The lawsuit alleges that the first day of workouts was "carelessly and recklessly excessive," especially for athletes with sickle cell trait. It also claims there was no evidence Abram was informed of his condition, and that he didn't receive proper medical attention when he began struggling during the workouts, and was instead pushed to continue.

He died several hours after the early morning workouts ended.

The lawsuit also alleges gross negligence, medical malpractice and a violation of civil rights.

Sickle cell trait is found in approximately 8 percent of African-Americans in the United States, according to the NCAA.

Pennsylvania

Stenographer sues lawyer over transcript claim

WASHINGTON, Pa. (AP) -- A court stenographer has sued a western Pennsylvania attorney who has claimed the stenographer altered transcripts in a murder case the attorney is appealing.

The Observer-Reporter in Washington, Pa. says stenographer Toni DiNardo filed the defamation suit against attorney Noah Geary, who did not immediately respond to requests for comment Tuesday. The suit was filed Friday.

The Pennsylvania Superior Court has twice rejected appeals by Geary containing allegations that DiNardo changed the transcripts in the case of convicted murderer Gerald Szakal at the behest of Washington County Judge Debbie O'Dell Seneca. The judge has denied that.

The appeals court rejected Geary's claims that he was told by DiNardo that audio recordings of Szakal's 2009 murder trial don't match her transcripts. DiNardo claims that's not true and that she's been defamed in Geary's appeals and media reports about them.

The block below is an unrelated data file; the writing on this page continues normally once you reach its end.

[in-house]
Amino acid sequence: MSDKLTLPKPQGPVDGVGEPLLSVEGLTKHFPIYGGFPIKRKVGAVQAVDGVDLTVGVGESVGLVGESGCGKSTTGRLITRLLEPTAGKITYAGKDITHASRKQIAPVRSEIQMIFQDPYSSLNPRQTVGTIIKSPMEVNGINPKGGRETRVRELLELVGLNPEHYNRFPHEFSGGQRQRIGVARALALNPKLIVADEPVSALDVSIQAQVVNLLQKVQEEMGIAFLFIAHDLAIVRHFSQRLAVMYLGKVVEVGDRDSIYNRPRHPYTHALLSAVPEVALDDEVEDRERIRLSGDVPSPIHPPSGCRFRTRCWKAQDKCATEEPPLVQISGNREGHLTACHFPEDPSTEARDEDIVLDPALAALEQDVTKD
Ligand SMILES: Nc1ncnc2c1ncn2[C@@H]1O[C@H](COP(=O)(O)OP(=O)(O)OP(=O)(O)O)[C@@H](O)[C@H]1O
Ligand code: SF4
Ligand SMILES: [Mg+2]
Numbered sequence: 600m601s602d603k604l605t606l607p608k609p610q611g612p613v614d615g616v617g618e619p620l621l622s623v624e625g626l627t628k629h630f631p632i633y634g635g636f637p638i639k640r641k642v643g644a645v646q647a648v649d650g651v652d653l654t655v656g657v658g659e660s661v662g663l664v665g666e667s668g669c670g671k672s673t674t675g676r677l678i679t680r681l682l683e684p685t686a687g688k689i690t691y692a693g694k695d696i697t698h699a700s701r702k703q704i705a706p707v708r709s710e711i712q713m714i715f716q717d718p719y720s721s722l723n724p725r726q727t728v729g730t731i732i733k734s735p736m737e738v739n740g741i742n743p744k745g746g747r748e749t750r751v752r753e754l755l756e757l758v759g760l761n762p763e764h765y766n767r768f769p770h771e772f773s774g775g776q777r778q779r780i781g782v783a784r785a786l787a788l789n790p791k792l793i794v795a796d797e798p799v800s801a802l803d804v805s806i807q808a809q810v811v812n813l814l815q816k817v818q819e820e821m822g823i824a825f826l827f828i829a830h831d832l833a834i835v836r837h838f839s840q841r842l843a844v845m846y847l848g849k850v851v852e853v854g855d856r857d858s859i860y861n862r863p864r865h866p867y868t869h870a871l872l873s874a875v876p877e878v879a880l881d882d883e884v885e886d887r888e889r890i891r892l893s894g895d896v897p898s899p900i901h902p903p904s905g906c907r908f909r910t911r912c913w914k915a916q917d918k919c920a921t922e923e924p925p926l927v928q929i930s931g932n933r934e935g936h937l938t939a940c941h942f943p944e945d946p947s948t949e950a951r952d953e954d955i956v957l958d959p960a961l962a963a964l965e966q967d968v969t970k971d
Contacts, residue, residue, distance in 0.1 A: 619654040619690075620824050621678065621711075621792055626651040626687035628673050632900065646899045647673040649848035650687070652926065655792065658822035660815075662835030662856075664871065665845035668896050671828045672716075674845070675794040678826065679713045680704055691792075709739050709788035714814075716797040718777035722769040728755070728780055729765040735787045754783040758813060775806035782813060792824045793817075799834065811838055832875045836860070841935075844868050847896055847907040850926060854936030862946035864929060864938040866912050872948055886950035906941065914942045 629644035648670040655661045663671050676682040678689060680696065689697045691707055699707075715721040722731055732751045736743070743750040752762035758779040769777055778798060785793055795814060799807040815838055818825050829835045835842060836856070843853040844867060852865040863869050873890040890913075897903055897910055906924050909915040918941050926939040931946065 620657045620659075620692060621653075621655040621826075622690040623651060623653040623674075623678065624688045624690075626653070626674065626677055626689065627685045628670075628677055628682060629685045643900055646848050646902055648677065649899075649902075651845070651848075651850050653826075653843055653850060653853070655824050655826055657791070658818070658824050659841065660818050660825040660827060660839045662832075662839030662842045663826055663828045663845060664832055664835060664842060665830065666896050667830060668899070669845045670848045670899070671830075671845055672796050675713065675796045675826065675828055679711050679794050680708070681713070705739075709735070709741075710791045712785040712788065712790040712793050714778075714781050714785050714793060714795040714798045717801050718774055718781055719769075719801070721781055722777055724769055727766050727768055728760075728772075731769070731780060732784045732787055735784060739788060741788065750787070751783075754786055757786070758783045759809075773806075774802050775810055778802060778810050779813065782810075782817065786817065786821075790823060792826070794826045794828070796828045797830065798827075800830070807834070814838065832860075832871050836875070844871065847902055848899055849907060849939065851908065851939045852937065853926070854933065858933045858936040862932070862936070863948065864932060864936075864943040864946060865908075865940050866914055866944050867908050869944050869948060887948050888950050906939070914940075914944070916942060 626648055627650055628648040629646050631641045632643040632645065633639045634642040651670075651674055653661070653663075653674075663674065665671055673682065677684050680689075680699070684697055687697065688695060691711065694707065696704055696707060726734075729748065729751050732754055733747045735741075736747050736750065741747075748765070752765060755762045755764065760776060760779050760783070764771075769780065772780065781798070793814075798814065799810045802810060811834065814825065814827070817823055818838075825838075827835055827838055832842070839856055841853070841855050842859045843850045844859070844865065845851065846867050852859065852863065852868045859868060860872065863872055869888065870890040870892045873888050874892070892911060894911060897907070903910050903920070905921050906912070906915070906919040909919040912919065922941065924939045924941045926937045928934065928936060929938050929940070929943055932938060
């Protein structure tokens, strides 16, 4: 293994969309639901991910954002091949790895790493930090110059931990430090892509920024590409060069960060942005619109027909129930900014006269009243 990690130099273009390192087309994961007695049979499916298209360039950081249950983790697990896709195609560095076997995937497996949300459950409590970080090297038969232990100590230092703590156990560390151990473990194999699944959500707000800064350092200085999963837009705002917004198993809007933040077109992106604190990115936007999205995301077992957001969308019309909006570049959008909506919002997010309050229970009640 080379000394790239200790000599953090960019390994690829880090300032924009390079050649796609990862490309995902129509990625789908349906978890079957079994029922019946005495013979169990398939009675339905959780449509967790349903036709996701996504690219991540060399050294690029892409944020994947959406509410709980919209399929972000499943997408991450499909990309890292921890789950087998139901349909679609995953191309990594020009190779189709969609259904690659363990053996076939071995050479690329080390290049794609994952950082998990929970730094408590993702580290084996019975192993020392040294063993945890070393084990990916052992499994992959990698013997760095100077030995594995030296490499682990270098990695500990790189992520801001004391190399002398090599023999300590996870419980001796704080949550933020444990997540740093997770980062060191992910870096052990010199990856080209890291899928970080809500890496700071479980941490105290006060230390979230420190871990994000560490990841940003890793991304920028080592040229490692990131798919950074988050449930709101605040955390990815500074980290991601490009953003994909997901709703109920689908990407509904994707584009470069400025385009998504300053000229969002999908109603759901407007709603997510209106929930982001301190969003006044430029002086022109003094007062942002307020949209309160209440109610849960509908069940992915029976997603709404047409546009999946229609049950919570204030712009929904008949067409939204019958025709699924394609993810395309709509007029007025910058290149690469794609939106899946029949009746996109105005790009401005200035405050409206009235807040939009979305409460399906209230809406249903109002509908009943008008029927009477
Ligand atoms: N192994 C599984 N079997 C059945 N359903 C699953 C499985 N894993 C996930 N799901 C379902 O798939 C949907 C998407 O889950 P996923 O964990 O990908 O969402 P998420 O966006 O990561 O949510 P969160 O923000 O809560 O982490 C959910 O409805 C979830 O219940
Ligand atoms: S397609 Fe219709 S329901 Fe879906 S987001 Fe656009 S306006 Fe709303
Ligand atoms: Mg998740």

Virginia

Judge dismisses $200M lawsuit against city

STAUNTON, Va. (AP) -- A judge has dismissed a $200 million lawsuit filed against Staunton by a man wrongfully accused in the 1967 slayings of two women at an ice cream parlor.

Chief U.S. District Court Judge Glen Conrad says in a decision issued last week that there are no facts to support William Thomas Jr.'s claims that city officials conspired to violate his rights.

Thomas was acquitted in 1968 of one of the slayings. In 2008, the city threw out a second charge when a dying woman confessed to the slayings and said a city police detective knew she shot both women.

The News Leader reported Conrad's ruling in Tuesday's editions. Thomas told the newspaper he hadn't yet seen the decision and couldn't comment.

New Hampshire

Murder victim's children sue woman

DOVER, N.H. (AP) -- A Dover woman convicted of hiring her ex-husband to kill her boyfriend has been sued by the victim's children.

The suit filed in Strafford County Superior Court claims the children should receive the estate of victim David King.

Foster's Daily Democrat reports the suit claims the children were caused great pain and suffering after their father's death.

Dianna Saunders was convicted in March of charges including conspiracy to commit murder and being an accomplice to murder in the Aug. 29, 2008 killing of King.

Saunders is the primary beneficiary of a $500,000 life insurance plan taken out before King's death.

Prosecutors say Saunders enlisted her ex-husband to kill King to cover up the theft of hundreds of thousands of dollars she stole from someone else in a real estate deal.

Published: Wed, Sep 14, 2011